Course title 
Causal Inference and Prediction in Econometrics 
Semester 
1111 
Designated for 
COLLEGE OF SOCIAL SCIENCES DEPARTMENT OF ECONOMICS 
Instructor 
HON HO KWOK 
Curriculum Number 
ECON5179 
Curriculum Identity Number 
323EU4300 
Class 

Credits 
2.0 
Full/Half Yr. 
Half 
Required/ Elective 
Elective 
Time 
Tuesday 6,7(13:20~15:10) 
Remarks 
Restriction: juniors and beyond OR Restriction: MA students and beyond OR Restriction: Ph. D students The upper limit of the number of students: 50. 


Course introduction video 

Table of Core Capabilities and Curriculum Planning 
Table of Core Capabilities and Curriculum Planning 
Course Syllabus

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Course Description 
This course is about some fundamental and important ideas in econometrics.
First, the course starts with a review of the basic ideas and history of econometrics.
Second, we discuss the meanings of identification in econometrics. We start with the classical example of identifying simultaneous equations (demand and supply curves). The various identification meanings are closely related to the estimation strategies. We discuss two important types of estimation methods: momentbased and extremumbased methods.
Third, we discuss the endogeneity problems in econometrics, which are common reasons for the failure of identification.
Fourth, we discuss the ideas and differences in the meanings of causality and prediction.
Finally, we discuss frequentist, Bayesian, and Fisherian inferences. This part emphasizes the connection between econometrics and statistics. 
Course Objective 
This course is about advanced undergraduate to introductory postgraduate econometrics. After the training in this course, hardworking students will be wellprepared for master or doctoral programs at top universities in Asian and western countries, and will have the ability to conduct basic research. 
Course Requirement 
No econometrics knowledge is assumed. Each topic will be developed at the beginner level so that the course is selfcontained. But a certain level of mathematical maturity is expected (see Wikipedia for interesting definitions of mathematical maturity).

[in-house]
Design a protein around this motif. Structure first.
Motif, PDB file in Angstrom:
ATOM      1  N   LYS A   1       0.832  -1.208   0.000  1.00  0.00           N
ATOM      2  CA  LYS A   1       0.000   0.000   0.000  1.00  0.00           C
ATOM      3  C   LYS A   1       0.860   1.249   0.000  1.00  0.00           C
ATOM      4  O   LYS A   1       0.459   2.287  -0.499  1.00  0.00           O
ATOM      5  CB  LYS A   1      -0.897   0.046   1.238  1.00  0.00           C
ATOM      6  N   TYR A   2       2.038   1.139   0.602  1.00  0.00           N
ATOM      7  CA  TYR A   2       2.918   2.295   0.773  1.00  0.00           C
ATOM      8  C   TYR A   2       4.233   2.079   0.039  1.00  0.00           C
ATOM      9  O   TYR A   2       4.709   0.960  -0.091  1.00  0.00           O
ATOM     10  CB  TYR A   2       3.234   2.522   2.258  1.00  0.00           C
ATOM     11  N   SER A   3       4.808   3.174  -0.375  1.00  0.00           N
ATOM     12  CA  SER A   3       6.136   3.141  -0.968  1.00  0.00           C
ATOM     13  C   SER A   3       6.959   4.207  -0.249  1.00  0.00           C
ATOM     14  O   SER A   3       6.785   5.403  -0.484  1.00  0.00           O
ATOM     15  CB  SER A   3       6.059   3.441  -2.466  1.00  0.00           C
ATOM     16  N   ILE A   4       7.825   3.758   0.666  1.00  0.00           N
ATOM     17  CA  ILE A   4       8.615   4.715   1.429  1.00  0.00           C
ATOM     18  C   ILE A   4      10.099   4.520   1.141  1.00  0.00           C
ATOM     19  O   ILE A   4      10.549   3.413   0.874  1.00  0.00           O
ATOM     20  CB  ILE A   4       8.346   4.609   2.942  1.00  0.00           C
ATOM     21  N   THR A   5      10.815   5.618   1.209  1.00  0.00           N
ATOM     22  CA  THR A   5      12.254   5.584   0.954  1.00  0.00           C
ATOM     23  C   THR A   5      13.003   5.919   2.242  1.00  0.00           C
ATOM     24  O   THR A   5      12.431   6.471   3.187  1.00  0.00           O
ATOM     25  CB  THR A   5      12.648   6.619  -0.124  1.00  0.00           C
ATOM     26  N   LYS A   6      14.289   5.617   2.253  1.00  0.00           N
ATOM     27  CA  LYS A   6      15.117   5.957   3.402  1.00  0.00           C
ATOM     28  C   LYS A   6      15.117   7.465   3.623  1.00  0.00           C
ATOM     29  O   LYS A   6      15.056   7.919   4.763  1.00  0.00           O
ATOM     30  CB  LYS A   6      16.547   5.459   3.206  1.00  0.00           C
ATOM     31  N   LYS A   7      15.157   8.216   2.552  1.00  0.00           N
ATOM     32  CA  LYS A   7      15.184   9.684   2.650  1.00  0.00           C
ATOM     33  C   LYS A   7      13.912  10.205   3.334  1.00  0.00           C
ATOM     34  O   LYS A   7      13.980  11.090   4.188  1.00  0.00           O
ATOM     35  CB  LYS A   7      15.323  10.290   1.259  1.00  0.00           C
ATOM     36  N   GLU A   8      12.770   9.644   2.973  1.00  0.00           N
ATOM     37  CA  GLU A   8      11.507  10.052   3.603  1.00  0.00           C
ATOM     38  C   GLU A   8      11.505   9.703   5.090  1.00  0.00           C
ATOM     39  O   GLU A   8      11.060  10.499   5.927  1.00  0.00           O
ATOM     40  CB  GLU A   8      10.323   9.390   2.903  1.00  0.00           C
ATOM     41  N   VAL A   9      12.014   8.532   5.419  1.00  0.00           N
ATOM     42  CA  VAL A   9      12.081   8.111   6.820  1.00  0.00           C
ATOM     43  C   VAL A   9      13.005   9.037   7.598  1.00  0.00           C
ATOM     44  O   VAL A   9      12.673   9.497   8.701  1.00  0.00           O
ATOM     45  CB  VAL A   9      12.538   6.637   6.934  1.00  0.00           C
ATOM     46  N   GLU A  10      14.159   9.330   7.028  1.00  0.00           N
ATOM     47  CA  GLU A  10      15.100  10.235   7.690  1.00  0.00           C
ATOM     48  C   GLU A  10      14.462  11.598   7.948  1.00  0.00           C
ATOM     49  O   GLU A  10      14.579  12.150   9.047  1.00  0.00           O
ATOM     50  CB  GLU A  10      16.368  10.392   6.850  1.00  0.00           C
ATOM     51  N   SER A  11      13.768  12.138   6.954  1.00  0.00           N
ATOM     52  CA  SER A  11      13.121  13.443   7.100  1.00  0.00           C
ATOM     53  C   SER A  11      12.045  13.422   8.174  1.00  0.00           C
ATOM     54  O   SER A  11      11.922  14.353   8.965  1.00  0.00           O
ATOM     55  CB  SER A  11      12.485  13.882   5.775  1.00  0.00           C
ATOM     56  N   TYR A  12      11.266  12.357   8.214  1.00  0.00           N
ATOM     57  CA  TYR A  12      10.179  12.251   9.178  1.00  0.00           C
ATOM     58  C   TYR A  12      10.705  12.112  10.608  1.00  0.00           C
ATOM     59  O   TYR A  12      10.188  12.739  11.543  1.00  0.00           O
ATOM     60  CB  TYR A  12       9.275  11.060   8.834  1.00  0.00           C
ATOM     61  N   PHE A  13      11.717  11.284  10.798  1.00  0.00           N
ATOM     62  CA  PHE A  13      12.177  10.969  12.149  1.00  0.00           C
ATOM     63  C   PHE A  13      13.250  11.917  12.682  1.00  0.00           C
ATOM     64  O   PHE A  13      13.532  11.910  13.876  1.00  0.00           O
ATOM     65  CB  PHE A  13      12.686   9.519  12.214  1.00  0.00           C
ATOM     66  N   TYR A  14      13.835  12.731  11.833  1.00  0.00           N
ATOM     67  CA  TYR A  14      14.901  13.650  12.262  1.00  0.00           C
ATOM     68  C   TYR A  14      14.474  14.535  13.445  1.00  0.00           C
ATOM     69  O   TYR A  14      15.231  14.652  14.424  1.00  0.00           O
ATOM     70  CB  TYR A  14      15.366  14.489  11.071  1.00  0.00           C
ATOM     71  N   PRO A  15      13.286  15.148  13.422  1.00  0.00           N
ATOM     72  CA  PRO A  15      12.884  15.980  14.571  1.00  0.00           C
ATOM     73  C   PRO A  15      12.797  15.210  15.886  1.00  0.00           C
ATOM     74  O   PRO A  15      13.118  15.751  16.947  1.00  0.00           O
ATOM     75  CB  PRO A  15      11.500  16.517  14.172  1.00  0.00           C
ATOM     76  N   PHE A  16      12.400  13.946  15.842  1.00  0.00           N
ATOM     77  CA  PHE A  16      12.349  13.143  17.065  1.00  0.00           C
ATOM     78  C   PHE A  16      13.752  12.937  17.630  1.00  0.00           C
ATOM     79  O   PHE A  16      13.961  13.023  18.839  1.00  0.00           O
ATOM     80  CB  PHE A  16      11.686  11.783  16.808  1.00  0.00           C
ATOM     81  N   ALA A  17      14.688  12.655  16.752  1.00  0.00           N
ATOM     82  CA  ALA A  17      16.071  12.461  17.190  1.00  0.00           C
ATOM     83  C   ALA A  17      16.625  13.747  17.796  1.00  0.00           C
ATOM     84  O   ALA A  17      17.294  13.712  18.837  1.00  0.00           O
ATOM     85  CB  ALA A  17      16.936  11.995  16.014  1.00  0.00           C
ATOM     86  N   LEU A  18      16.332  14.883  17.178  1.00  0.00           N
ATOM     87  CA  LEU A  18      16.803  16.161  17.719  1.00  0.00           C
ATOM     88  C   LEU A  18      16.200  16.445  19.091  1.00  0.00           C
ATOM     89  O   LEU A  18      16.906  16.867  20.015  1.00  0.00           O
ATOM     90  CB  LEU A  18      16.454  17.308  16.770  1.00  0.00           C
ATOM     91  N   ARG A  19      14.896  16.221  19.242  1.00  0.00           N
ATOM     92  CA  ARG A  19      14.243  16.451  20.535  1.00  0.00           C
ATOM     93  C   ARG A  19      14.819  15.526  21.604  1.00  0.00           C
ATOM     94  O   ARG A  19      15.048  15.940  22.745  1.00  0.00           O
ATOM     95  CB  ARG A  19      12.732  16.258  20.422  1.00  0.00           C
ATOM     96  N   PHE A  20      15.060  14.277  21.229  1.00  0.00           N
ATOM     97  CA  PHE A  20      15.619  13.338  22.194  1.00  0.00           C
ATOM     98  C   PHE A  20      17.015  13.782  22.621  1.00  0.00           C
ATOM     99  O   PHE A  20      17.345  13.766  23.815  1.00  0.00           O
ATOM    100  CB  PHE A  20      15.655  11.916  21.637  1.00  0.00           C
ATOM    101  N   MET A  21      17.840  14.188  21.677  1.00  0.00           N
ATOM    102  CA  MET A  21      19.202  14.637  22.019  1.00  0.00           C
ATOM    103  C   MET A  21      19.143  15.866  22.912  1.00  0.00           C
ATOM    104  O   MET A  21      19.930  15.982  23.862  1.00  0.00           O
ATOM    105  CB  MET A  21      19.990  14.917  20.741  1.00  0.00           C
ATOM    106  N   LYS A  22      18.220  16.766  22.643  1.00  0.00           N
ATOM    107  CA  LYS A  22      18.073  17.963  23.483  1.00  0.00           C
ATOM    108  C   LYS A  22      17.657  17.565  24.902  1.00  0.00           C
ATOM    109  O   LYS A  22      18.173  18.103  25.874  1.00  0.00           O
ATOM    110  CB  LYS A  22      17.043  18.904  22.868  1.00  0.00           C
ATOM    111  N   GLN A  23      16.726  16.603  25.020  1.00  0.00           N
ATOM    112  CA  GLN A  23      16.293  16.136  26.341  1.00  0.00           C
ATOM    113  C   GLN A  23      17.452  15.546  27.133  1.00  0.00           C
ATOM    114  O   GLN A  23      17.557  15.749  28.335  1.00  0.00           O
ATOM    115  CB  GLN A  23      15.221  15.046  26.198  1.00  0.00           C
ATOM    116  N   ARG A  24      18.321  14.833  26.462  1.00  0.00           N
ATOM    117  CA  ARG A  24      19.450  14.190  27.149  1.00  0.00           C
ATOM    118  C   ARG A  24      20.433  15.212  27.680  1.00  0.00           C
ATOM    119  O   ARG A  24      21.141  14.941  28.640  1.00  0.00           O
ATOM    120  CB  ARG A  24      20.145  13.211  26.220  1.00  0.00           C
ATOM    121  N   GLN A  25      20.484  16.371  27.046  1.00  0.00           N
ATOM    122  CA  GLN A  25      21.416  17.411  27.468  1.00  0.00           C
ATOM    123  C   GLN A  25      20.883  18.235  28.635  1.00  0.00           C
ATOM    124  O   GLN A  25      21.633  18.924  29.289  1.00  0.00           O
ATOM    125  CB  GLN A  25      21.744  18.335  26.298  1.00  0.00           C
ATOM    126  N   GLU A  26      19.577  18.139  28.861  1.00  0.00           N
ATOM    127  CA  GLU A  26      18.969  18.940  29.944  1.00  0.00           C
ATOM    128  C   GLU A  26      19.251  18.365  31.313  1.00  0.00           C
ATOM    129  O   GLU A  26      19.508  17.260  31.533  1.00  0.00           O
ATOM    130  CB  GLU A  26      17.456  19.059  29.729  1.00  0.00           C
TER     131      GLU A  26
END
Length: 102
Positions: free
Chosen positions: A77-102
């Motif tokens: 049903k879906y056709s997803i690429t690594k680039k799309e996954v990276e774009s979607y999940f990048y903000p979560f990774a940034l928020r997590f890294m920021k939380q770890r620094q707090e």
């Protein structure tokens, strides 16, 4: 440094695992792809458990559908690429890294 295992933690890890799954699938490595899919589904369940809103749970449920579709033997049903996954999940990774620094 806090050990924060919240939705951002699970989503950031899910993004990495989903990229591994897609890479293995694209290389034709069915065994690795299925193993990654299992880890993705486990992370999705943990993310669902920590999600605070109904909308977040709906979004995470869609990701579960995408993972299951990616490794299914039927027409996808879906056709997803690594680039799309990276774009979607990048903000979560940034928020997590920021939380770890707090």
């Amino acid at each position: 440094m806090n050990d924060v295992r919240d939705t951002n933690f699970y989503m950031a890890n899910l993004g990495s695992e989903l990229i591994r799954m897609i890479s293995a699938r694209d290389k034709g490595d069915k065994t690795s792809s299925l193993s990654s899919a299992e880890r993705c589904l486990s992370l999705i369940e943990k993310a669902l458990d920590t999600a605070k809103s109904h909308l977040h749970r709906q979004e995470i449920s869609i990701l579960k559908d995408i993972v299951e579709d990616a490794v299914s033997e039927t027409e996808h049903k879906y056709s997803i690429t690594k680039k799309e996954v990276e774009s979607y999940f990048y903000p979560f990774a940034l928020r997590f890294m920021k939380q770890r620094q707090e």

Precisely, the prerequisites are introductory knowledge in microeconomics, calculus, linear algebra, probability, and statistics. Essentially, students are expected to know what are (competitive and noncompetitive) market, demand, supply, differentiation, integration, optimization (unconstrained and constrained), Lagrange multiplier, matrix, vector, probability, distribution, density, expectation, mean, variance, and covariance.
This course is suitable for those who are interested in econometrics and statistics for social sciences. Students who have no training in econometrics but have solid background in mathematics and statistics are welcome. 
Student Workload (expected study time outside of class per week) 
Students are expected to review and study the theories developed in classes. The examinations essentially test students’ understanding of the theories taught in classes. Performance evaluations are based on homeworks and examinations. Late submission of homeworks will not be accepted. In principle, makeup examinations will not be given. However, if there are exceptional circumstances so that you cannot take the examinations at the scheduled time, you should contact us before the examinations.